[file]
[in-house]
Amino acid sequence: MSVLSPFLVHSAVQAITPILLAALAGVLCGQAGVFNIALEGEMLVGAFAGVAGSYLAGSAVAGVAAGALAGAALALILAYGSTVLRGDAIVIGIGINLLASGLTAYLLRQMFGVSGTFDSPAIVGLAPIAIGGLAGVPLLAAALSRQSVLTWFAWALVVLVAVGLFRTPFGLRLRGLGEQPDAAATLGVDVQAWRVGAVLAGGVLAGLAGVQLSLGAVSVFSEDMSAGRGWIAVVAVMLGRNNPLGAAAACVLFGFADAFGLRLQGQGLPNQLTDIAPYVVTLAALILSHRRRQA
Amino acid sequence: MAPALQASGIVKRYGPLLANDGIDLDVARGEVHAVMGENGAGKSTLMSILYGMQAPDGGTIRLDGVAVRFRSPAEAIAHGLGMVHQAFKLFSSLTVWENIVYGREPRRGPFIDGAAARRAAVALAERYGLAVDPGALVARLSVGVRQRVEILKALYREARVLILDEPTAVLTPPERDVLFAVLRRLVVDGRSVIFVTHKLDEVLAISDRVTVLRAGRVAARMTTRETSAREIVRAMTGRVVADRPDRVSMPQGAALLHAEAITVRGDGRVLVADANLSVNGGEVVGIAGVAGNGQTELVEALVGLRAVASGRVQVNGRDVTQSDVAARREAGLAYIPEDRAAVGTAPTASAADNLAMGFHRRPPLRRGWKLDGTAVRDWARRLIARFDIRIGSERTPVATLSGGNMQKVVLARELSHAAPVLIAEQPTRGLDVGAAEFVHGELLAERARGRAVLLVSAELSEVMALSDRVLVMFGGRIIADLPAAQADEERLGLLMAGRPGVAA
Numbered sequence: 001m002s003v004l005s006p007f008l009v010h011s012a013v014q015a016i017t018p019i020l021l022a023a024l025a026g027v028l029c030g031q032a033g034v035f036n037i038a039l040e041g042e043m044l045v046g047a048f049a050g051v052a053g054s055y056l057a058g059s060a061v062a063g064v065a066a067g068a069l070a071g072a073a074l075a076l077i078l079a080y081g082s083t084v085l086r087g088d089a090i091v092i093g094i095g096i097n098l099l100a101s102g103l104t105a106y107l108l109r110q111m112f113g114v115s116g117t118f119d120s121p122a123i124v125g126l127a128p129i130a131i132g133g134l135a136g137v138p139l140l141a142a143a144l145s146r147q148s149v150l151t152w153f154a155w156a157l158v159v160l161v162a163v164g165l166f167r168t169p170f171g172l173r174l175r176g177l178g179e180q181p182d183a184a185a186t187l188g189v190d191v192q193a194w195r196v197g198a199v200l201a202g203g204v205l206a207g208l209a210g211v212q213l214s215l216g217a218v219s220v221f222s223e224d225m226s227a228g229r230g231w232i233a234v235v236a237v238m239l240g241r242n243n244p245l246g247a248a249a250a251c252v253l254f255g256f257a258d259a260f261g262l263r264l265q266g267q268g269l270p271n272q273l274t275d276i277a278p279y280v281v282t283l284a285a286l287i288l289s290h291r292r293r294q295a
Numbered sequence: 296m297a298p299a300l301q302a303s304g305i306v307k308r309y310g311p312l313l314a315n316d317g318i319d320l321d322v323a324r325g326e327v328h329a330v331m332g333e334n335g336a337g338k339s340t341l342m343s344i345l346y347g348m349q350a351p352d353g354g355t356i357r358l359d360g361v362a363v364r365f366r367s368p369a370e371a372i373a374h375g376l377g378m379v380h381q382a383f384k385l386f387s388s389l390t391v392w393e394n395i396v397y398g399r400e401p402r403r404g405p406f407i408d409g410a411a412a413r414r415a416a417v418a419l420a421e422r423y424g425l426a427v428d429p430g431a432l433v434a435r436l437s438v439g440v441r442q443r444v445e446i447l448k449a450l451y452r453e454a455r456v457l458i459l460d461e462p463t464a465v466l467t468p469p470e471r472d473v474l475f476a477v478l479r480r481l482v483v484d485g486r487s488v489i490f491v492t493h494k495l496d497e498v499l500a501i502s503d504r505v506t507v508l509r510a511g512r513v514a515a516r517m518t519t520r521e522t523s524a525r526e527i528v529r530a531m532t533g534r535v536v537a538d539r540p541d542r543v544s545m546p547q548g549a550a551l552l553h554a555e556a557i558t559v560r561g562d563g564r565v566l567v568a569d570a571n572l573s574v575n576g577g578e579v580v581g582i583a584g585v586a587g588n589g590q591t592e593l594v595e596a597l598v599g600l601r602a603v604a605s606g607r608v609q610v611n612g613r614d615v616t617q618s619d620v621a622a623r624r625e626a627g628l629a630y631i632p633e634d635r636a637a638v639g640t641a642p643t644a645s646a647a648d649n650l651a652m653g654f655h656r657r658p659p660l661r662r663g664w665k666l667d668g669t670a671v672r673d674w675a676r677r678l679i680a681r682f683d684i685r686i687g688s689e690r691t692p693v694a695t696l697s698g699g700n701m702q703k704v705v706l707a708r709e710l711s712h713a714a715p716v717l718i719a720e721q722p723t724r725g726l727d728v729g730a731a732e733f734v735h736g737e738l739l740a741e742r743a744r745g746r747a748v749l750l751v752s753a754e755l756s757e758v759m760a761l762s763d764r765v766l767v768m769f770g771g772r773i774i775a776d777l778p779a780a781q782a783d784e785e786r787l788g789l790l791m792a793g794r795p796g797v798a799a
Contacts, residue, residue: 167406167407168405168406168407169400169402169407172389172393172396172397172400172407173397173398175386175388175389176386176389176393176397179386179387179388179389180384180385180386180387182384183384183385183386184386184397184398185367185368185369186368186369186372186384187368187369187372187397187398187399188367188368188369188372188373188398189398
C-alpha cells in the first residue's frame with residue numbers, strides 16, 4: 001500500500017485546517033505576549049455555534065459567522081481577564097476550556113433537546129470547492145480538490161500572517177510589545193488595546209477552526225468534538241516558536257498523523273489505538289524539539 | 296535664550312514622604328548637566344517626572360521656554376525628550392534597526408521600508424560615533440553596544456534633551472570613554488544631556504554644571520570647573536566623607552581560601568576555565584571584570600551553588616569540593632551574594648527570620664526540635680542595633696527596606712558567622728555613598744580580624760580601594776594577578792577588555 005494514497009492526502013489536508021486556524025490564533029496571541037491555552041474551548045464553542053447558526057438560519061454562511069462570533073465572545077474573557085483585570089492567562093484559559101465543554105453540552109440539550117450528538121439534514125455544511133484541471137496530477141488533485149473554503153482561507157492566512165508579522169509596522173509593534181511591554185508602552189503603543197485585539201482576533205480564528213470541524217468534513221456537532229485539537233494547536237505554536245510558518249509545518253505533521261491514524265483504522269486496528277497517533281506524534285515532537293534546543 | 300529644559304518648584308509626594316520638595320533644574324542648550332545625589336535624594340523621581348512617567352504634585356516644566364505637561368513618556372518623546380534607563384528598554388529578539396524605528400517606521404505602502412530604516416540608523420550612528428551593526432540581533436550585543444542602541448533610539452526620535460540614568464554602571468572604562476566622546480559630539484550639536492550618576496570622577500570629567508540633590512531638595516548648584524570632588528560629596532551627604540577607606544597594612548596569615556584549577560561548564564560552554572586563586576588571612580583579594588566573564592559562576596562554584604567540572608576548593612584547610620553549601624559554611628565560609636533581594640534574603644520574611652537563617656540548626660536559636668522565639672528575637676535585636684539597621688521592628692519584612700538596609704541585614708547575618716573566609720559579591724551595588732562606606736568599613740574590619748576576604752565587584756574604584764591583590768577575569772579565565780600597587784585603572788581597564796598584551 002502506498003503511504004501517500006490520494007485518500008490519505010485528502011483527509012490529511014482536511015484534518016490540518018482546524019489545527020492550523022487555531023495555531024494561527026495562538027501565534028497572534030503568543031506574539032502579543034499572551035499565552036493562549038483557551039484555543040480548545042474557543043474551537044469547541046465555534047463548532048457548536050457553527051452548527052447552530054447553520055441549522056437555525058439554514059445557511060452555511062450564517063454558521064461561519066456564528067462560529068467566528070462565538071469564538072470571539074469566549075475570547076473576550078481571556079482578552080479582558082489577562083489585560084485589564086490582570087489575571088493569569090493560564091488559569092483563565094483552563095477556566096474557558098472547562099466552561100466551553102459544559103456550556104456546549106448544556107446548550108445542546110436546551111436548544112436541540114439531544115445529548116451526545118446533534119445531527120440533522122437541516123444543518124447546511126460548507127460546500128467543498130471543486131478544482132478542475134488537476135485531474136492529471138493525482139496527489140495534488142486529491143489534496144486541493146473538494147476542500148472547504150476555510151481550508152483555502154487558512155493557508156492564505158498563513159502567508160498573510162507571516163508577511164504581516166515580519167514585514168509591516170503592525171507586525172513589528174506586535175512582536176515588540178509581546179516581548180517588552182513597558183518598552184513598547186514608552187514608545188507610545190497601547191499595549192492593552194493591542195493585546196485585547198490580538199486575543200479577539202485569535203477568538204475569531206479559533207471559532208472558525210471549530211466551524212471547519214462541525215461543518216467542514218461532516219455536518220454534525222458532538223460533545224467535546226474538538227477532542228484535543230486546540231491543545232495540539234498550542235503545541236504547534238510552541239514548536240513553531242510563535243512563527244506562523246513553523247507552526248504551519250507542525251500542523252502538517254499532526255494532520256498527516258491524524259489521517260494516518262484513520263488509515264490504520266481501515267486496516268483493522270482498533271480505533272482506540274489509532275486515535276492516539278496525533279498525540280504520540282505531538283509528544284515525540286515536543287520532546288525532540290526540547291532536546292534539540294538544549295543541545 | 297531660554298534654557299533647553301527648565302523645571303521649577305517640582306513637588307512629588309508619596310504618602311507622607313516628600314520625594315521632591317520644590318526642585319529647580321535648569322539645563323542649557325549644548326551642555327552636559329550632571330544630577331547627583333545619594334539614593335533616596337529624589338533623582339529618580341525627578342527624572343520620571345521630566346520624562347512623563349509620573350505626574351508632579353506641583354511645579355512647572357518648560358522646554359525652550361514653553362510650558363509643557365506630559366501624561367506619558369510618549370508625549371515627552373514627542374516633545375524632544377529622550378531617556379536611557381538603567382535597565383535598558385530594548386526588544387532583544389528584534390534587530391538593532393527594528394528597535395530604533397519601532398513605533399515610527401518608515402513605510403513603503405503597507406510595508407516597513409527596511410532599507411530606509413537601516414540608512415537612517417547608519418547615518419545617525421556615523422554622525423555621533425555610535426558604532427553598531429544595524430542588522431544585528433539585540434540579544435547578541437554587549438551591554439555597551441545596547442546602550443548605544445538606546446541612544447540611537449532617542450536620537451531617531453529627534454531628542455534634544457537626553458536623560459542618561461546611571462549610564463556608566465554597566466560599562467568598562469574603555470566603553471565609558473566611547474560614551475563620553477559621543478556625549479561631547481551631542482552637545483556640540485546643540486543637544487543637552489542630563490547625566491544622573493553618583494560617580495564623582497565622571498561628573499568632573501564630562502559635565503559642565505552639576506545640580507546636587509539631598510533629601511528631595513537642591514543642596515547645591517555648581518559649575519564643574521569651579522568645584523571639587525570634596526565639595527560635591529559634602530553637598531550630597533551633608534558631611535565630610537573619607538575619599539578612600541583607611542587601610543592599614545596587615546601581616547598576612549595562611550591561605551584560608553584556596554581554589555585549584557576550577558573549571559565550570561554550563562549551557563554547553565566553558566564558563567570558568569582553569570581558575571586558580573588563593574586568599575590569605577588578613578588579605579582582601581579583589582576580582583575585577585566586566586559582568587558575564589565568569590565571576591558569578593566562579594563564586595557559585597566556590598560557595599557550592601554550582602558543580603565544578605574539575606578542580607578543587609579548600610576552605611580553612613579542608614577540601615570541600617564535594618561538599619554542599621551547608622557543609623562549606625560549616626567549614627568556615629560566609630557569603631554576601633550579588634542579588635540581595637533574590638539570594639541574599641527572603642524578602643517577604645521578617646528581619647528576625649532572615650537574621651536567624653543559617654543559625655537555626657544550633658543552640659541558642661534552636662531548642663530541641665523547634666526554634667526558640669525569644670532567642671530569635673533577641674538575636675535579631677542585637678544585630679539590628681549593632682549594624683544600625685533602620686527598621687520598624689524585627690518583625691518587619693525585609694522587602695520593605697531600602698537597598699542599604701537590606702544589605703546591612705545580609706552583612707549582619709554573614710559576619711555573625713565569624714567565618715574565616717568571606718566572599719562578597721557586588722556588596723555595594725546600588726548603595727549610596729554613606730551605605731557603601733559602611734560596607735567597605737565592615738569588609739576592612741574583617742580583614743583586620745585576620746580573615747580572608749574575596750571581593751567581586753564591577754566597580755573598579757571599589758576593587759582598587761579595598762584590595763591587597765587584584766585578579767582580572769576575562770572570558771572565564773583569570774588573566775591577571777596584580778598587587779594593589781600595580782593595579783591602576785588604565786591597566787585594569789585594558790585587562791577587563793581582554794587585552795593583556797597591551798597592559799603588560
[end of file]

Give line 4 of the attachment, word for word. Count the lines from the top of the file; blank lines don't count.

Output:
Numbered sequence: 001m002s003v004l005s006p007f008l009v010h011s012a013v014q015a016i017t018p019i020l021l022a023a024l025a026g027v028l029c030g031q032a033g034v035f036n037i038a039l040e041g042e043m044l045v046g047a048f049a050g051v052a053g054s055y056l057a058g059s060a061v062a063g064v065a066a067g068a069l070a071g072a073a074l075a076l077i078l079a080y081g082s083t084v085l086r087g088d089a090i091v092i093g094i095g096i097n098l099l100a101s102g103l104t105a106y107l108l109r110q111m112f113g114v115s116g117t118f119d120s121p122a123i124v125g126l127a128p129i130a131i132g133g134l135a136g137v138p139l140l141a142a143a144l145s146r147q148s149v150l151t152w153f154a155w156a157l158v159v160l161v162a163v164g165l166f167r168t169p170f171g172l173r174l175r176g177l178g179e180q181p182d183a184a185a186t187l188g189v190d191v192q193a194w195r196v197g198a199v200l201a202g203g204v205l206a207g208l209a210g211v212q213l214s215l216g217a218v219s220v221f222s223e224d225m226s227a228g229r230g231w232i233a234v235v236a237v238m239l240g241r242n243n244p245l246g247a248a249a250a251c252v253l254f255g256f257a258d259a260f261g262l263r264l265q266g267q268g269l270p271n272q273l274t275d276i277a278p279y280v281v282t283l284a285a286l287i288l289s290h291r292r293r294q295a